How long can breast cancer lay dormant?


Can breast cancer go undetected for years?

Unfortunately, even if a woman sees her doctor, it is possible that breast cancer will go undetected or misdiagnosed.

How long can breast cancer dormant?

Cancer dormancy

Breast cancer is especially known for long asymptomatic periods – up to 25 years – with no evidence of the disease, followed by a relapse.

Can breast cancer lie dormant?

“Breast cancer is a very good example of where dormancy could be at play,” says Buczacki. Although many people are successfully treated by their initial surgery and chemotherapy, for an unfortunate few cancer can come back many years later. And Buczacki says this is likely due to dormant cells.

Can you live with cancer for years without knowing?

If you’re wondering how long you can have cancer without knowing it, there’s no straight answer. Some cancers can be present for months or years before they’re detected. Some commonly undetected cancers are slow-growing conditions, which gives doctors a better chance at successful treatment.

What was your first breast cancer symptom?

A lump in your breast or underarm that doesn’t go away. This is often the first symptom of breast cancer. Your doctor can usually see a lump on a mammogram long before you can see or feel it. Swelling in your armpit or near your collarbone.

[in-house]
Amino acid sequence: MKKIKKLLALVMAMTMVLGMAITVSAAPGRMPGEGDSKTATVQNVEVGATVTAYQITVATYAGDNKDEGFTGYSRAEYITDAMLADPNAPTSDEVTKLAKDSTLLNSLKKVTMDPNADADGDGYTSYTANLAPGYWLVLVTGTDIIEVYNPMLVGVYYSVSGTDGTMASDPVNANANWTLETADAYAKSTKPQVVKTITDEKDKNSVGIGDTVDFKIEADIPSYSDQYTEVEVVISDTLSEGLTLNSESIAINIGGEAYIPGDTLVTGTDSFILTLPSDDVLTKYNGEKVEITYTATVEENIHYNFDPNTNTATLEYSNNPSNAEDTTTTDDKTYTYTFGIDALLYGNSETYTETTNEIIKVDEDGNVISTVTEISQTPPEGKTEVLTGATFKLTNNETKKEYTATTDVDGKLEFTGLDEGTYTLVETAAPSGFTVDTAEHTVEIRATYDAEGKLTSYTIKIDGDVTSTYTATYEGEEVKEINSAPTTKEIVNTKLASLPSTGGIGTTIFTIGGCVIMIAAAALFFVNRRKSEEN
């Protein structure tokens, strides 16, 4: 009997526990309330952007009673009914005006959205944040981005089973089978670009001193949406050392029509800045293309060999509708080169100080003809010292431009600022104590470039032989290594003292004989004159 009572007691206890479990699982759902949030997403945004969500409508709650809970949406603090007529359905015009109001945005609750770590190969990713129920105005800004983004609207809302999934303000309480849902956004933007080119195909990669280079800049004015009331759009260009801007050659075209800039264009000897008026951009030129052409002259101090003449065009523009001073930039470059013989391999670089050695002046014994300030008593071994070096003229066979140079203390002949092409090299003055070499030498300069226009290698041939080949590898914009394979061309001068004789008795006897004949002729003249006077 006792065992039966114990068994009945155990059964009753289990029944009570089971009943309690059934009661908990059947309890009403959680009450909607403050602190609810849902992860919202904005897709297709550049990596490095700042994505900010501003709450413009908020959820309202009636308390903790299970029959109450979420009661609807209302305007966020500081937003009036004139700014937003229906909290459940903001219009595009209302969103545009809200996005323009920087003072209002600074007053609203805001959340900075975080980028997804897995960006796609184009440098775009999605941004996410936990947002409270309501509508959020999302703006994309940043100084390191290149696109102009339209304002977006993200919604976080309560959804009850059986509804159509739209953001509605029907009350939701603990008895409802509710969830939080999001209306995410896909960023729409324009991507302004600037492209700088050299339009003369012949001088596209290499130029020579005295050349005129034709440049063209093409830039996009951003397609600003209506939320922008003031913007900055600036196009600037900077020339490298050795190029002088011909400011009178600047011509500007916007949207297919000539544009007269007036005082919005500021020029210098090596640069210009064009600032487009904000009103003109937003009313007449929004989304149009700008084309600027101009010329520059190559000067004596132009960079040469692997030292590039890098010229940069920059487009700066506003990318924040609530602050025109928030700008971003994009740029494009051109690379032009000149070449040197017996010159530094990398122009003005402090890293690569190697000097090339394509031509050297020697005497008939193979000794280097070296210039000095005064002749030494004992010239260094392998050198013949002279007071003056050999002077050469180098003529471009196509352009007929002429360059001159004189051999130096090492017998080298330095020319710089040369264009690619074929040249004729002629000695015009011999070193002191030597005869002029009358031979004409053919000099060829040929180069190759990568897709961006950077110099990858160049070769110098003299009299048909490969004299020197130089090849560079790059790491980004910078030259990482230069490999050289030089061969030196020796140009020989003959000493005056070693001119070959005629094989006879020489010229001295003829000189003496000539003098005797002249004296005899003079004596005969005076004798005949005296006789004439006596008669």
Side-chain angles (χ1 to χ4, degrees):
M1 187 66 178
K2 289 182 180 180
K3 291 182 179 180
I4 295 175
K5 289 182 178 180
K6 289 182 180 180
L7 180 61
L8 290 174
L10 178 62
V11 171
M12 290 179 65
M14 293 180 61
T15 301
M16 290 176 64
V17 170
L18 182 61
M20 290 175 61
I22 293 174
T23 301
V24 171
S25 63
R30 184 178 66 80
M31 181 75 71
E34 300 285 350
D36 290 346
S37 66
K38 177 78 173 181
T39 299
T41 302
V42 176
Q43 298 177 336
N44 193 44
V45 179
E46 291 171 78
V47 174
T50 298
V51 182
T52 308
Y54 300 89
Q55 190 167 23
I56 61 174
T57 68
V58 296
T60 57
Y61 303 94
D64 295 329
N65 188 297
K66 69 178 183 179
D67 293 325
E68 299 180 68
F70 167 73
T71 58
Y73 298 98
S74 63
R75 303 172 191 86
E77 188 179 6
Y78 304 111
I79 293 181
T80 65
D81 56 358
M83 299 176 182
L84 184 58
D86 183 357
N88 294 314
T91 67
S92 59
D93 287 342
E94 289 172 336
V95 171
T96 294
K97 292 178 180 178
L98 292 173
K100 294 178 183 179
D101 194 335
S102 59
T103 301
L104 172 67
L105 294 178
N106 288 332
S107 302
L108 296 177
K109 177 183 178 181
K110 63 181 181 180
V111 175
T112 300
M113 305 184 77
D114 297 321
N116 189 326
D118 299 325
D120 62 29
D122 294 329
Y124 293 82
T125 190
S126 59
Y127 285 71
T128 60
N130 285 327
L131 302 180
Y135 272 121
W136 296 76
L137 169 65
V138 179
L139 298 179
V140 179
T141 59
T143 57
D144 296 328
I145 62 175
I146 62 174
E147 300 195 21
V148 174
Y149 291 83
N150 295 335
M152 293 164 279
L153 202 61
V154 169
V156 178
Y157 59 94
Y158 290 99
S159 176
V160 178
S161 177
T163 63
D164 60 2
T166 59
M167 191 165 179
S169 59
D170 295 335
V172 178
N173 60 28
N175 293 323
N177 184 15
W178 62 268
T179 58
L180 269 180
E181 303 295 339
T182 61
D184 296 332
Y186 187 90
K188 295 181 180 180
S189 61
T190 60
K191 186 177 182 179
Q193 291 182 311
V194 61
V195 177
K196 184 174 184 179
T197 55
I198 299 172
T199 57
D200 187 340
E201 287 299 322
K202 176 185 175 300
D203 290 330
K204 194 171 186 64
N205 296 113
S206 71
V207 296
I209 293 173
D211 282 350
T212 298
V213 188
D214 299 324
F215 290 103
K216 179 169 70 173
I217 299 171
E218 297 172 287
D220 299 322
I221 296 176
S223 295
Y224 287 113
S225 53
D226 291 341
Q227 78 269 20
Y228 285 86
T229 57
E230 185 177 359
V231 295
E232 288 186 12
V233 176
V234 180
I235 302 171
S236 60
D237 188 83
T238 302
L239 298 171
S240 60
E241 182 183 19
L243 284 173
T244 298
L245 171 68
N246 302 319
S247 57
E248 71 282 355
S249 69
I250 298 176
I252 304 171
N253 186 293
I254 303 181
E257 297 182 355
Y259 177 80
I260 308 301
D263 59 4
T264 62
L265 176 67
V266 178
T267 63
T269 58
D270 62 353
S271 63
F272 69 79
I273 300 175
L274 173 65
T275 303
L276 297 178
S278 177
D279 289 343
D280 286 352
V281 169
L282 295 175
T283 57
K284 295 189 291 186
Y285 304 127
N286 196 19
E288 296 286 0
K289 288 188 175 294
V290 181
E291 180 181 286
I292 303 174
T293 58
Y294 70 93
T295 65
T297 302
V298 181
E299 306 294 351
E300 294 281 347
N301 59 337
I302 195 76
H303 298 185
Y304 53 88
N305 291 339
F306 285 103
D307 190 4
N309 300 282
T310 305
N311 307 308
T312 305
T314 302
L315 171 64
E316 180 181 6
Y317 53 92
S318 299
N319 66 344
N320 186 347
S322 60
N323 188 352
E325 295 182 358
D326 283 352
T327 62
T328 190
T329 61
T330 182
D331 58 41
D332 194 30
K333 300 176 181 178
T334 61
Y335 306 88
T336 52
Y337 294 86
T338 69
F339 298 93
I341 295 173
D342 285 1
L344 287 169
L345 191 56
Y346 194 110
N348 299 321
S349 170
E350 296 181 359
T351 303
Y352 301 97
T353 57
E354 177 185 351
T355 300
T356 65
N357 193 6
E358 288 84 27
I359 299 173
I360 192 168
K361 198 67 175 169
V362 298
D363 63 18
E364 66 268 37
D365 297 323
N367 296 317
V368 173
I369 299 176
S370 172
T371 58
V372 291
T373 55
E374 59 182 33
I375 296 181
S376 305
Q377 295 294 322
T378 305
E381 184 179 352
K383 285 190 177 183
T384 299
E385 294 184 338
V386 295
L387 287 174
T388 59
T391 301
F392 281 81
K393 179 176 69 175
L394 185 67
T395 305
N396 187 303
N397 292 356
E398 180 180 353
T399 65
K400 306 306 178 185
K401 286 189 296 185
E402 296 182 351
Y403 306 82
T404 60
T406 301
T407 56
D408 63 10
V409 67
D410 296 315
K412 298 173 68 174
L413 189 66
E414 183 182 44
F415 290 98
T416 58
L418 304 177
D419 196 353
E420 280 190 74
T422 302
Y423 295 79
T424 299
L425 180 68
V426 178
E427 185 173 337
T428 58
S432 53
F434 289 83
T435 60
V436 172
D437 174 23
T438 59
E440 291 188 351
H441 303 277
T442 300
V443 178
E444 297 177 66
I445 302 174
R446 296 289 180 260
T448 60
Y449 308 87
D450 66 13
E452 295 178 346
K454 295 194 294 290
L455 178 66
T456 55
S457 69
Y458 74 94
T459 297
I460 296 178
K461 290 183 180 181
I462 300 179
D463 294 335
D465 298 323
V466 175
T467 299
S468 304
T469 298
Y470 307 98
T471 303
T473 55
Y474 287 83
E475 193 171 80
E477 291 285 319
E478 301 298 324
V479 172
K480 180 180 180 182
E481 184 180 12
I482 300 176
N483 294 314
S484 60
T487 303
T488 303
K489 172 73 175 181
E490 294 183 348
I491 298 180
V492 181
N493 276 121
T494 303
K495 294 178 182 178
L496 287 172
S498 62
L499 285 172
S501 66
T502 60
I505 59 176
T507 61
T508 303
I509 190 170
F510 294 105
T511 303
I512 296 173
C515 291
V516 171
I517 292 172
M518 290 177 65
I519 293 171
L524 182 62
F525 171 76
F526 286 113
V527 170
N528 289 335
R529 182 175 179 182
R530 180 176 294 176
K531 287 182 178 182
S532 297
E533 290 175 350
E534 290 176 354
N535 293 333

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Can cancer lay dormant for years?

Cancerous cells can lie dormant for years. But what triggers these cells to reawaken hasn’t been well understood. Past studies have linked chronic stress with cancer progression. To investigate whether stress can awaken dormant tumor cells, a research team led by Dr.

When does cancer go dormant?

Dormancy is a stage in cancer progression where the cells cease dividing but survive in a quiescent state while waiting for appropriate environmental conditions to begin proliferation again. Quiescence is the state where cells are not dividing but at arrest in the cell cycle in G0-G1.

How do cancer cells become dormant?

Cellular dormancy is induced by cues such as the extracellular matrix environment, metastatic niches, a hypoxic microenvironment, and endoplasmic reticulum stress. Even the oncogenic pathways, on which active cancer cells depend for survival and growth, are suppressed in the dormant state.